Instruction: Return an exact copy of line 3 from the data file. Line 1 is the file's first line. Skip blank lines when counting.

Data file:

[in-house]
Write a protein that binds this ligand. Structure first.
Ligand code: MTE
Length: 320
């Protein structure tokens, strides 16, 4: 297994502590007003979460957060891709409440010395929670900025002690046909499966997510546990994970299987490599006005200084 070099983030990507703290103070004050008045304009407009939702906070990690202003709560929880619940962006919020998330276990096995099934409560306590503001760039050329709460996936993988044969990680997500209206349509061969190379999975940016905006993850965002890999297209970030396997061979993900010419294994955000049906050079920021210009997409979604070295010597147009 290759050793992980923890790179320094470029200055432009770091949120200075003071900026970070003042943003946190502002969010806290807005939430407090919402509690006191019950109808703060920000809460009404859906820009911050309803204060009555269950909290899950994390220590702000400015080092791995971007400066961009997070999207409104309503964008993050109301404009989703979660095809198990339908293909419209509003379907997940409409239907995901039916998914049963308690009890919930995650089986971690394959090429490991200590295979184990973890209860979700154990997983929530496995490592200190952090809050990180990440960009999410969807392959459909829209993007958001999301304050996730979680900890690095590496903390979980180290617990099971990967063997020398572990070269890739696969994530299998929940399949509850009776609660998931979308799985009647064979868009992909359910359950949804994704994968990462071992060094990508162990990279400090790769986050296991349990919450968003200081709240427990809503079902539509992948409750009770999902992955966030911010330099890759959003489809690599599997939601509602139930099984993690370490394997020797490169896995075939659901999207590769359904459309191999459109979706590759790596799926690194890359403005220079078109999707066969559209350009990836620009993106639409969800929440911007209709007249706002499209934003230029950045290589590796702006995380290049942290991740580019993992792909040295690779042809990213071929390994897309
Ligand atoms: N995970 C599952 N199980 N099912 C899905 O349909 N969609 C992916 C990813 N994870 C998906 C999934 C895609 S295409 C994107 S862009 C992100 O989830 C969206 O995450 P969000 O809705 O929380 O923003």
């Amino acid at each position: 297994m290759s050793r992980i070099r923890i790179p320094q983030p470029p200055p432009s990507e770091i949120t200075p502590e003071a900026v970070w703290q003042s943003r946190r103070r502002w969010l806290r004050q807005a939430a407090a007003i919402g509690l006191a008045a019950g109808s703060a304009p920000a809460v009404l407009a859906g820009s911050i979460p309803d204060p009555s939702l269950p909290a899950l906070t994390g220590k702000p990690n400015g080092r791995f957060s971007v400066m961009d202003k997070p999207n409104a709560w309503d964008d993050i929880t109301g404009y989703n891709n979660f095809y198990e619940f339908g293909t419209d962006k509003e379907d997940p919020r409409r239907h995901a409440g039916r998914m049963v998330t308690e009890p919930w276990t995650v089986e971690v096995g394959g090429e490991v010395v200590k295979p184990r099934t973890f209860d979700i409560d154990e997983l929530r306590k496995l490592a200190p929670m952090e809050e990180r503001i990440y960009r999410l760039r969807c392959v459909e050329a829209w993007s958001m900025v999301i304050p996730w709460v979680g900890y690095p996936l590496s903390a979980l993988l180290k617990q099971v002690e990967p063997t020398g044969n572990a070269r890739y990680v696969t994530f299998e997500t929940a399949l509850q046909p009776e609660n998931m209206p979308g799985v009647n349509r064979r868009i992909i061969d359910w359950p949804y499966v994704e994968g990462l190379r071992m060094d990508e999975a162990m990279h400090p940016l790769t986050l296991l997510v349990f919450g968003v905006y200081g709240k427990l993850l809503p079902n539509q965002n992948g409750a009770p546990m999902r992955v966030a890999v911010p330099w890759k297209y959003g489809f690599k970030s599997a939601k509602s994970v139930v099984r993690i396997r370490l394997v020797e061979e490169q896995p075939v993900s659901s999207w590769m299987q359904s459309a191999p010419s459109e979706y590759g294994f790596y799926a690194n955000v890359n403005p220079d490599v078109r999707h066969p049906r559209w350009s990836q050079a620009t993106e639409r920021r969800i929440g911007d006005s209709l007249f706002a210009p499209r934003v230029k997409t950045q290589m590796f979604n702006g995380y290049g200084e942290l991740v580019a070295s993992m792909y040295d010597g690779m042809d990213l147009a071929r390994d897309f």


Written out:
Ligand code: MTE